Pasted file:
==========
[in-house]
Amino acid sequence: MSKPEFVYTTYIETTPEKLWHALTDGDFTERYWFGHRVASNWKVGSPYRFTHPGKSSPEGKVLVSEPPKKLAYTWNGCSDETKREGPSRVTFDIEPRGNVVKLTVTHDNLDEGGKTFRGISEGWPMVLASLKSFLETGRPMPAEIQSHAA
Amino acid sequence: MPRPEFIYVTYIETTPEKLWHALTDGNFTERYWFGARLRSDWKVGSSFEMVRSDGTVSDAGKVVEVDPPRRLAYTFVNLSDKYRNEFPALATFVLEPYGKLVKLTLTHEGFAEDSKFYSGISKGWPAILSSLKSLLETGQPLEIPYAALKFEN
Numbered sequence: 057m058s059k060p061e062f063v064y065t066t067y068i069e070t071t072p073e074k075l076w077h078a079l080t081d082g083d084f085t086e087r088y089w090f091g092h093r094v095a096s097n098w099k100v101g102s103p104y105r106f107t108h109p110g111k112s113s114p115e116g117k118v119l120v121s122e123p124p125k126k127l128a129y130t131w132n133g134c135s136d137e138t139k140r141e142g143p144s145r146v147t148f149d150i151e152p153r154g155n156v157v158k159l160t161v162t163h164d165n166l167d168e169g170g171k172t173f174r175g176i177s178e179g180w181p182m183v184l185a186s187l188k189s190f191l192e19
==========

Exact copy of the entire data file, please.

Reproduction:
[in-house]
Amino acid sequence: MSKPEFVYTTYIETTPEKLWHALTDGDFTERYWFGHRVASNWKVGSPYRFTHPGKSSPEGKVLVSEPPKKLAYTWNGCSDETKREGPSRVTFDIEPRGNVVKLTVTHDNLDEGGKTFRGISEGWPMVLASLKSFLETGRPMPAEIQSHAA
Amino acid sequence: MPRPEFIYVTYIETTPEKLWHALTDGNFTERYWFGARLRSDWKVGSSFEMVRSDGTVSDAGKVVEVDPPRRLAYTFVNLSDKYRNEFPALATFVLEPYGKLVKLTLTHEGFAEDSKFYSGISKGWPAILSSLKSLLETGQPLEIPYAALKFEN
Numbered sequence: 057m058s059k060p061e062f063v064y065t066t067y068i069e070t071t072p073e074k075l076w077h078a079l080t081d082g083d084f085t086e087r088y089w090f091g092h093r094v095a096s097n098w099k100v101g102s103p104y105r106f107t108h109p110g111k112s113s114p115e116g117k118v119l120v121s122e123p124p125k126k127l128a129y130t131w132n133g134c135s136d137e138t139k140r141e142g143p144s145r146v147t148f149d150i151e152p153r154g155n156v157v158k159l160t161v162t163h164d165n166l167d168e169g170g171k172t173f174r175g176i177s178e179g180w181p182m183v184l185a186s187l188k189s190f191l192e19